About six years ago I finally had to give up reading, after a struggle with various lenses, reading devices, and print of all sizes. People suggested books on discs. A few friends offered to read to me. But if you have been a serious reader all of your life, none of these things is a satisfactory solution. You want to go to your library, pull out a book, and start flipping through the pages.
It did occur to me that if I loved reading as much as I did, then I ought to be determined to find a way to read. And what is wrong with being read to? Had the normal easy access to my books made me lazy in some way? One of the pillars of my being had always been my love of literature. Was I really prepared to give it up without a better fight? It’s a question that still plagues me somewhat, but I have decided that my literary past should be just that -- the past. If Rimbaud could give up poetry at age nineteen, why can’t I give up reading at age eighty?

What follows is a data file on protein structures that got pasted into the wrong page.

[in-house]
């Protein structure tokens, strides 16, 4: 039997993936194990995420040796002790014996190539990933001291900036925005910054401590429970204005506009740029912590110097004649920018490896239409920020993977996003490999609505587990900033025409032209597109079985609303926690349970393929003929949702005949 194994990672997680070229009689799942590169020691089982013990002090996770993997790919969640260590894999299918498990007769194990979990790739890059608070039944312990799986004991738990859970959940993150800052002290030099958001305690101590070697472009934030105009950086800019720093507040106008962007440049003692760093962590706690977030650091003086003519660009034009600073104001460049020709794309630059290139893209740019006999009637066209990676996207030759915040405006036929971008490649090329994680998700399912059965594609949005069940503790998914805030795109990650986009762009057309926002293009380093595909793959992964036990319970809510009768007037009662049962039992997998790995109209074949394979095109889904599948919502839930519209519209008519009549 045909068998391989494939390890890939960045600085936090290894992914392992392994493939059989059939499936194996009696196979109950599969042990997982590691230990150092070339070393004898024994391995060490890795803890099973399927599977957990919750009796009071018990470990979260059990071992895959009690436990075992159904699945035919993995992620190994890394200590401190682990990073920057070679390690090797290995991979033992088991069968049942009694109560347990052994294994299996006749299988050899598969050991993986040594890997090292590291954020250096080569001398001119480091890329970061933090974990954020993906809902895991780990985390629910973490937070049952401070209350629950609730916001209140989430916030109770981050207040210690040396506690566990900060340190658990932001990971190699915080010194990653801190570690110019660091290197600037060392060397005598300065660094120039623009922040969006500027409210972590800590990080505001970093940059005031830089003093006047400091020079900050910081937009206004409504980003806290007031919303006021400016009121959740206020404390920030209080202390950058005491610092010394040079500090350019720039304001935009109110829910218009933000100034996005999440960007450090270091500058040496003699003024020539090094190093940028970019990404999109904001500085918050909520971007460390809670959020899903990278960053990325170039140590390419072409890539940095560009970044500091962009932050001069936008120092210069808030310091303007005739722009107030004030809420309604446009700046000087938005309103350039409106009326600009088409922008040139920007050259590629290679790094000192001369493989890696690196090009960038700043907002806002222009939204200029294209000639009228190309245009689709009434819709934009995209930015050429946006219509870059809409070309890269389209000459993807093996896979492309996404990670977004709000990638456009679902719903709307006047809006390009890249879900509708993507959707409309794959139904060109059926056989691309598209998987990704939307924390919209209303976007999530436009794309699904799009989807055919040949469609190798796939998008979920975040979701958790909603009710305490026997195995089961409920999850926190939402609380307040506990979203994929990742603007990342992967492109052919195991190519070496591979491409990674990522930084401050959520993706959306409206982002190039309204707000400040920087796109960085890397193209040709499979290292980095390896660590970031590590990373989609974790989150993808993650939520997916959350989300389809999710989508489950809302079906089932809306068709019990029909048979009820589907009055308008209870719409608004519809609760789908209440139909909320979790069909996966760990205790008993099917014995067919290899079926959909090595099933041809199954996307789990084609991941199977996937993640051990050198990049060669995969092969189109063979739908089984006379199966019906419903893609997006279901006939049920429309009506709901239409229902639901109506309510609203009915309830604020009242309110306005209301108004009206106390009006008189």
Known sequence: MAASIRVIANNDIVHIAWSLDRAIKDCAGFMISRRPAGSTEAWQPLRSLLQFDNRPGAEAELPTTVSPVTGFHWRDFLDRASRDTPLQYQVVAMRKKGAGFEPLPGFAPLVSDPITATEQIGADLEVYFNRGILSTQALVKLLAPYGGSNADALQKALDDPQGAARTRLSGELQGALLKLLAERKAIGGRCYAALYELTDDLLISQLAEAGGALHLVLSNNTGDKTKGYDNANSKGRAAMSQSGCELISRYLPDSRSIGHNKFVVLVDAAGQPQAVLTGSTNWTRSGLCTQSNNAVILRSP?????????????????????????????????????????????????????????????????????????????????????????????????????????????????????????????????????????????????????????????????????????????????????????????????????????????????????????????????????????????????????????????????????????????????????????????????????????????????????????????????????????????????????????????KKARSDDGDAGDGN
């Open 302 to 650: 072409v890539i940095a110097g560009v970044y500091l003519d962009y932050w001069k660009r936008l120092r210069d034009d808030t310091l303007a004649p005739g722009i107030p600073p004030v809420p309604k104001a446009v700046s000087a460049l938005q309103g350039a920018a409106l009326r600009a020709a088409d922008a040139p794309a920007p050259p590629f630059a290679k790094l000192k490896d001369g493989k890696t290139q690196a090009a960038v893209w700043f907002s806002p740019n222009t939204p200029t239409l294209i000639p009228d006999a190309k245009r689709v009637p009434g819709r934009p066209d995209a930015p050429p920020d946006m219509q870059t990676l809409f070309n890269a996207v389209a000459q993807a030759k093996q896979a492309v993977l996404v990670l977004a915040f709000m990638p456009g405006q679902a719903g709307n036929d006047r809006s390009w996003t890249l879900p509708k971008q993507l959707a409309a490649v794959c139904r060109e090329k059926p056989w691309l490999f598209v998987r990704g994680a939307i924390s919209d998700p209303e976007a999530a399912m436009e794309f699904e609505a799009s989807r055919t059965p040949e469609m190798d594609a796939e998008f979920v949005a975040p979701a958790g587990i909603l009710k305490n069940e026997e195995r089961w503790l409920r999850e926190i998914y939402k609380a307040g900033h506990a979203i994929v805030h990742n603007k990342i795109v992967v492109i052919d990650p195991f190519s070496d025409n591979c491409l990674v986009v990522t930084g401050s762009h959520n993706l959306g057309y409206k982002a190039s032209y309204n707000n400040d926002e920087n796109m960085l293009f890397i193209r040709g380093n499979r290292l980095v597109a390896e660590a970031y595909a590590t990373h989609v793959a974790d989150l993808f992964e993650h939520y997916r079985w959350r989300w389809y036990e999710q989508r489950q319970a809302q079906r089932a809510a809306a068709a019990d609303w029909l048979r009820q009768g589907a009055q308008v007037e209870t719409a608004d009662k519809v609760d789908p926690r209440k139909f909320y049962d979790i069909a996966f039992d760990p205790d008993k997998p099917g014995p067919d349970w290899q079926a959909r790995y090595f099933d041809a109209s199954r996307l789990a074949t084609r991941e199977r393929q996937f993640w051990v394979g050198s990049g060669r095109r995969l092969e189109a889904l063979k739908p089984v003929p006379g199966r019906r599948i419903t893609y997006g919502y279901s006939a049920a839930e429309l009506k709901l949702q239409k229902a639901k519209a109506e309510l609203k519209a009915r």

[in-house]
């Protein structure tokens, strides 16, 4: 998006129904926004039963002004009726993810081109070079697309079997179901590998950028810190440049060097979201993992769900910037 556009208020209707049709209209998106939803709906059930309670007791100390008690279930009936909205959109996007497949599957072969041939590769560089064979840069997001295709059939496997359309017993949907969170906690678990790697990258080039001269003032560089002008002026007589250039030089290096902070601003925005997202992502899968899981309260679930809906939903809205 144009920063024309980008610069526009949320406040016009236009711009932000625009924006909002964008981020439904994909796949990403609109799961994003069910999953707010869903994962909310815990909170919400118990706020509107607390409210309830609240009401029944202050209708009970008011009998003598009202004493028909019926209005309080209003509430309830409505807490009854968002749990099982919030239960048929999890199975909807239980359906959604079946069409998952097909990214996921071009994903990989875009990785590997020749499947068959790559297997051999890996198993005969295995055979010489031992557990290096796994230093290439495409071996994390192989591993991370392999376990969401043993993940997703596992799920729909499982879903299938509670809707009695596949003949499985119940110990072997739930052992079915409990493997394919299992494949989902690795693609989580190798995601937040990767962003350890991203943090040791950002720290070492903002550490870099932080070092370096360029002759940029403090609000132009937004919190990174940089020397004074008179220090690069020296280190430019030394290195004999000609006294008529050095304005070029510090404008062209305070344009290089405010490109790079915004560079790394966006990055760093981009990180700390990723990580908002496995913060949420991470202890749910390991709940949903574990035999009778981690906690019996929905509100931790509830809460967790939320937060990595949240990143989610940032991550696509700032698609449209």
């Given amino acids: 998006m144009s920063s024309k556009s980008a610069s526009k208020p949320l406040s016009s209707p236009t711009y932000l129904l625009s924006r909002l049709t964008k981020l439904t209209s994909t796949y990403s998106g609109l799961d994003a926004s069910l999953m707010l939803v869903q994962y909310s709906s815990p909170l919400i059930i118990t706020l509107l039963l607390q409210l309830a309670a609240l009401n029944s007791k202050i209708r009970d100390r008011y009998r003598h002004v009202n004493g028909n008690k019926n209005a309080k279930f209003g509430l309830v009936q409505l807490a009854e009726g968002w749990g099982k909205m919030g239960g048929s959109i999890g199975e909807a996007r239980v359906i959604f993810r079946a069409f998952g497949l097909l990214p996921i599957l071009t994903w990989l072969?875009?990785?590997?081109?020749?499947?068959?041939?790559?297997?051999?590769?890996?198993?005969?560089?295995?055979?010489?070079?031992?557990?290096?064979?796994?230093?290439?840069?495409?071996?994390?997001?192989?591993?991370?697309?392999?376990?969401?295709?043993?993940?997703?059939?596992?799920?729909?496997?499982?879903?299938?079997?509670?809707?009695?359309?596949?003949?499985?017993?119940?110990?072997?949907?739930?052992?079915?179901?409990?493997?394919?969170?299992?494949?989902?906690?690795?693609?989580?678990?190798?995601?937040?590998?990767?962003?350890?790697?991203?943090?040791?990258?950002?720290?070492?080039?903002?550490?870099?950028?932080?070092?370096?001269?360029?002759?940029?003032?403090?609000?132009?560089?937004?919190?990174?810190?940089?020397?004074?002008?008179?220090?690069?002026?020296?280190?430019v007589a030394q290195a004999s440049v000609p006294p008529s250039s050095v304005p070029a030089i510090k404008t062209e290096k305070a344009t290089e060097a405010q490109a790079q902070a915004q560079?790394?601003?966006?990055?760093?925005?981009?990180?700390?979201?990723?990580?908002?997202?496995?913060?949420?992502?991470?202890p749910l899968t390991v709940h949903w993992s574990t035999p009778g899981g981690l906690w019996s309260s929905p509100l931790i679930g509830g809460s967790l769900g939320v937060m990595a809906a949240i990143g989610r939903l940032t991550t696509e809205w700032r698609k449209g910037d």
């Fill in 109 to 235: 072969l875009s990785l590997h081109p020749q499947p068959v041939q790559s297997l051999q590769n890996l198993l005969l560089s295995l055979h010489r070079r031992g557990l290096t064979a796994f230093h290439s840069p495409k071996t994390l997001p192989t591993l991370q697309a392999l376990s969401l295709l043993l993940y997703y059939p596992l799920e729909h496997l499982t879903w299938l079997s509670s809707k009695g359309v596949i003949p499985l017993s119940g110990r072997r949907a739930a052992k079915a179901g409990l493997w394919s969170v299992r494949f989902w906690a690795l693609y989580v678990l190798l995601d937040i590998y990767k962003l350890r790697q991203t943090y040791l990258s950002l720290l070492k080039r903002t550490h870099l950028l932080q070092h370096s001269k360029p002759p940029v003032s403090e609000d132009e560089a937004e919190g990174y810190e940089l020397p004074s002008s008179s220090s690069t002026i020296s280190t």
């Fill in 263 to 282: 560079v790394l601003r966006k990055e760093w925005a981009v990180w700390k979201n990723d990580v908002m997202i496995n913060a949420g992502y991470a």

What troubles me is the way literature can be forgotten if it isn’t reviewed occasionally. In spite of that, or perhaps because of it, now I feel that all I have read is a part of who I am, and that is what I must be content with. I have built an edifice of literature for myself, and now I must stop building and live in it, even if the walls are crumbling. Everything I have read is a large part of my consciousness. And that extends to my physical being, my flesh and bones.
Acceptance of circumstance is productive if it is not premature, if it occurs after the struggle is resolved. In a sense, if I accept the fact that reading is a part of the past, and not part of the present or future, I am creating a new world, with new things to explore. That is the beauty of acceptance, it opens a new arena of possibility. It makes one aware of the evolutionary processes, and the reasons behind them. It makes us realize that in the face of a handicap we can still accept, remember, imagine, and invent.